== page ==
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Four common misconceptions about cybersecurity, debunked

Four common misconceptions about cybersecurity, debunked

Enterprise SecurityMore News
Adenike Cosgrove, Cybersecurity Strategist at Proofpoint

Recent nation state cyberattacks have created many mistaken beliefs regarding cybersecurity concepts and solutions. Adenike Cosgrove, Cybersecurity Strategist at Proofpoint, debunks the four most common misconceptions circulating the cybersecurity space right now.

Misconception #1: “Machine Learning is just a buzzword, ‘real enterprise solutions’ don’t use Machine Learning.”

Although it is true that Machine Learning is a buzzword across the industry, saying that ‘real enterprise solutions’ don’t use Machine Learning is completely false. When Machine Learning is properly implemented, it can help answer a whole array of data-heavy problems such as threat analysis and threat detection.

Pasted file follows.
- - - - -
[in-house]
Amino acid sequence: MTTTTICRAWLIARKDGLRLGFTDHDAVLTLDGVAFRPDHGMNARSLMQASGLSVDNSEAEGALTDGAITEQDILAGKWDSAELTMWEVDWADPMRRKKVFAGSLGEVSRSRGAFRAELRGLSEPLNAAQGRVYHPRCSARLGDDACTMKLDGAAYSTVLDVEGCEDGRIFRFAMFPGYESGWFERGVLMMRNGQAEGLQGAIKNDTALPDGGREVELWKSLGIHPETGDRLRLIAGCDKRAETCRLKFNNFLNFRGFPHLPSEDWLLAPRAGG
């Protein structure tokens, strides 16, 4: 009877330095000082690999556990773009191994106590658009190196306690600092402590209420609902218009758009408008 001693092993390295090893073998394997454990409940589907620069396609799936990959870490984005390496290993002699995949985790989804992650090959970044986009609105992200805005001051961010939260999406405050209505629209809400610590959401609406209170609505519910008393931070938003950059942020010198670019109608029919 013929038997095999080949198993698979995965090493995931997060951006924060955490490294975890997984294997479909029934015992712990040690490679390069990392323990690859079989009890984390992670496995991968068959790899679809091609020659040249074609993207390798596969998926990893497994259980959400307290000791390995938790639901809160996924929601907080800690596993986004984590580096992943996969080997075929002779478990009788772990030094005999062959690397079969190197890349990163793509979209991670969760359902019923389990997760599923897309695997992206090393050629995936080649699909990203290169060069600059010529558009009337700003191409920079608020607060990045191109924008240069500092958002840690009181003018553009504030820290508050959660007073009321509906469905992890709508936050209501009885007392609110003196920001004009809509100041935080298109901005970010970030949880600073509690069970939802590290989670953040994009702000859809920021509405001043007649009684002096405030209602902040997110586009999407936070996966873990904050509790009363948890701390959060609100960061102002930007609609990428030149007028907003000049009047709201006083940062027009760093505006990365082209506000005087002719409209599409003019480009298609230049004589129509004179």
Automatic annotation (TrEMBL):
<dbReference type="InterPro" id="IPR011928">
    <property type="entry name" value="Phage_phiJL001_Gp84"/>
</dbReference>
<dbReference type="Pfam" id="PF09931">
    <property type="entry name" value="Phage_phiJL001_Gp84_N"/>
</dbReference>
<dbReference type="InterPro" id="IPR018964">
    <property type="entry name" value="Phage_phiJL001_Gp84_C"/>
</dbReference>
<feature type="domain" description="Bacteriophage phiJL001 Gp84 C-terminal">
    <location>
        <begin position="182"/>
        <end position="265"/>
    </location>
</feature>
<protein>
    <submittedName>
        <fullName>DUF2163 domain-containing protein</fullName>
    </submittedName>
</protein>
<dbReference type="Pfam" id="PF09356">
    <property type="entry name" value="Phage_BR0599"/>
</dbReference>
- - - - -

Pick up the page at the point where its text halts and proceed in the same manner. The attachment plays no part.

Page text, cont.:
A limited number of cybersecurity providers are beginning to leverage Machine Learning throughout their portfolio to benefit from the advanced offering it can provide. It can help process relationships across billions of threat data points and help identify emails with violations for regulatory purposes. As the need grows to reconcile large amounts of data for greater insight, Machine Learning will continue to have a role in nearly every aspect of our business.

Misconception #2: “If your solution is good enough at catching bad stuff, you don’t need to sandbox.”

Having strong static analysis and reputation-based technologies can identify single stage malicious payloads. However, the modern attacks we are continuing to see are more sophisticated as they are multi-staged, specifically designed to bypass this type of static defence.